Objective: We sought to create an animal model for the development of endometrial cancer in women with androgen excess. We examined the effects of estradiol and androgen, both alone and as precursors to estrogen biosynthesis on human endometrial cancers transplanted into a nude mouse model.
Study design: We transplanted an estrogen-responsive, well-differentiated, established human endometrial carcinoma, EnCa-101, subcutaneously into athymic male nude mice. We established, first, that aromatase was expressed in this cell line, inducible by estrogen. We measured the growth of the tumor in the various groups weekly with Vernier calipers. We examined the effects of estradiol and androgens, both aromatizable and nonaromatizable, on tumor growth.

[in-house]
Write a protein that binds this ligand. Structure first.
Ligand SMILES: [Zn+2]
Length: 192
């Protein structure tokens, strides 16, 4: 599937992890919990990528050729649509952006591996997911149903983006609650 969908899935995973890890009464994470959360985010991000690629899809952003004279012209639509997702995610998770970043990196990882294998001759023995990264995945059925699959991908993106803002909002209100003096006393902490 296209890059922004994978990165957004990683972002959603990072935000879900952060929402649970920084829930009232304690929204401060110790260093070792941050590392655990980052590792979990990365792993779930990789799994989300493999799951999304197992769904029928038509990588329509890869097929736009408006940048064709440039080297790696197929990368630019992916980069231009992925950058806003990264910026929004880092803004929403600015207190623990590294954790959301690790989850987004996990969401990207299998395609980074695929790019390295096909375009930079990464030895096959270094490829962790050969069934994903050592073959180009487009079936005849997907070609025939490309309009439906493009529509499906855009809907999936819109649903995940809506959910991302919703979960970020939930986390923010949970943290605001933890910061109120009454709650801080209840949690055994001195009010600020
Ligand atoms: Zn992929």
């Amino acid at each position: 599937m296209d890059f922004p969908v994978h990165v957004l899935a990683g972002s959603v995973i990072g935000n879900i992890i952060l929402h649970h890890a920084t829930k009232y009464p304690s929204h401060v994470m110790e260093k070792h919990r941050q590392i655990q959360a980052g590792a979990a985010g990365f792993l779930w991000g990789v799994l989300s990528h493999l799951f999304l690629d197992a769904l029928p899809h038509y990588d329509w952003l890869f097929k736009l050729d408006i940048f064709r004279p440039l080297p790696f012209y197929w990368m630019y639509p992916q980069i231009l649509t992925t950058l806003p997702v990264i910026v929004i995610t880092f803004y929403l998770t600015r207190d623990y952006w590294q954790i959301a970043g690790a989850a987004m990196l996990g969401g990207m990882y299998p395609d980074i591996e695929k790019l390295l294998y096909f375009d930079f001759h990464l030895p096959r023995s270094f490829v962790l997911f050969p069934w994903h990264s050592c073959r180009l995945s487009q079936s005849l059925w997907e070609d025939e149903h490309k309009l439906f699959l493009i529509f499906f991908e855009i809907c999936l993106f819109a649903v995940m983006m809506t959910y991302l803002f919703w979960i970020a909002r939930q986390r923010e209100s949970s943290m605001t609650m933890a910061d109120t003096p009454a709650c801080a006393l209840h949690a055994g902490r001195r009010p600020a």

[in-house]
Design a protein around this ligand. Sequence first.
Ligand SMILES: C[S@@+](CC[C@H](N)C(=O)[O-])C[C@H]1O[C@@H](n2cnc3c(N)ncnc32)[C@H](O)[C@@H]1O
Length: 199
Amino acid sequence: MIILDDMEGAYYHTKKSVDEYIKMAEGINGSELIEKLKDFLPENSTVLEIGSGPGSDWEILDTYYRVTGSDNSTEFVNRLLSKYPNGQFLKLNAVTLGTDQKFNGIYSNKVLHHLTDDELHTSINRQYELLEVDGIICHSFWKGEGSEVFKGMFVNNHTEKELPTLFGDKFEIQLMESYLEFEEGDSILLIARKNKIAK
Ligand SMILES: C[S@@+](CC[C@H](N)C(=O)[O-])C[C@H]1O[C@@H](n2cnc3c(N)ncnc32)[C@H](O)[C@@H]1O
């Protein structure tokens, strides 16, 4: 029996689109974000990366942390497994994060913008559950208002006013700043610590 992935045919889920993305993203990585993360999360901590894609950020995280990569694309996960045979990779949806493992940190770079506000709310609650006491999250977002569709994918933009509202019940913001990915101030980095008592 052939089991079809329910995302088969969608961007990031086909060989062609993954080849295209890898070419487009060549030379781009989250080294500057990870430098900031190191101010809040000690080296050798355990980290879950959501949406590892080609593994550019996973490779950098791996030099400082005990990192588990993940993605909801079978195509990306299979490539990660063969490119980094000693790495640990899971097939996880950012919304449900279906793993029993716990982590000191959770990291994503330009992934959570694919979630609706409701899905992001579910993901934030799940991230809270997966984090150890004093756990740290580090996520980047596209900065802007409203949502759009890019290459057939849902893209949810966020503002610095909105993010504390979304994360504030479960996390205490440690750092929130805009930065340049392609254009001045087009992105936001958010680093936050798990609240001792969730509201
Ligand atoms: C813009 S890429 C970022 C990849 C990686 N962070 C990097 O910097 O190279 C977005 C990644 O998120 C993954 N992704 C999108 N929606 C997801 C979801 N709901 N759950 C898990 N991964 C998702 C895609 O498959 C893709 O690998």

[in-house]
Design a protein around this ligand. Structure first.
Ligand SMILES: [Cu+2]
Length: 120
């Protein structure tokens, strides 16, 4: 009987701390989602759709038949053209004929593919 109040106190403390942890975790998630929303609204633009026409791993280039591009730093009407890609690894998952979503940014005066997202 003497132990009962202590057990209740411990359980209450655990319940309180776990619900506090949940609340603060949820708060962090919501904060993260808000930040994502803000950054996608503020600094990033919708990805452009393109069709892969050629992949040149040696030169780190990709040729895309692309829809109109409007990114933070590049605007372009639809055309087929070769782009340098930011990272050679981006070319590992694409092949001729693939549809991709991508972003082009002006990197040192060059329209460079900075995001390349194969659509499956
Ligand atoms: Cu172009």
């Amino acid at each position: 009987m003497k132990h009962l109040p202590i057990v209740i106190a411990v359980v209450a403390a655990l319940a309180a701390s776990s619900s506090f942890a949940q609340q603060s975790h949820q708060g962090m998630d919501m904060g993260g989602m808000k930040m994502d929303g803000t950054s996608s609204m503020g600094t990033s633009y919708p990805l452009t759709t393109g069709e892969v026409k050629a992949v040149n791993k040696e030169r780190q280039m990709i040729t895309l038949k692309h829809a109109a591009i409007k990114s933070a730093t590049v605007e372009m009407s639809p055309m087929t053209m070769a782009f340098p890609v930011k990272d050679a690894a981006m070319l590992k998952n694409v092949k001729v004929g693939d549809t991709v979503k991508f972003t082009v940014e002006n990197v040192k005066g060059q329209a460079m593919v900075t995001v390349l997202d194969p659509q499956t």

Results: Estrogen-supplemented tumors showed the greatest rate of growth and were significantly greater than the growth rate in castrate mice. Androgen-supplemented tumors showed a growth rate similar to that of tumors without significant hormonal exposure (castrate mice). Dihydrotestosterone had no effect on tumor growth in comparison with an agonadal state.
Conclusions: Aromatizable and nonaromatizable androgens have little growth-promoting effect on a well-differentiated endometrial carcinoma. Estradiol is the most potent growth stimulus in our model.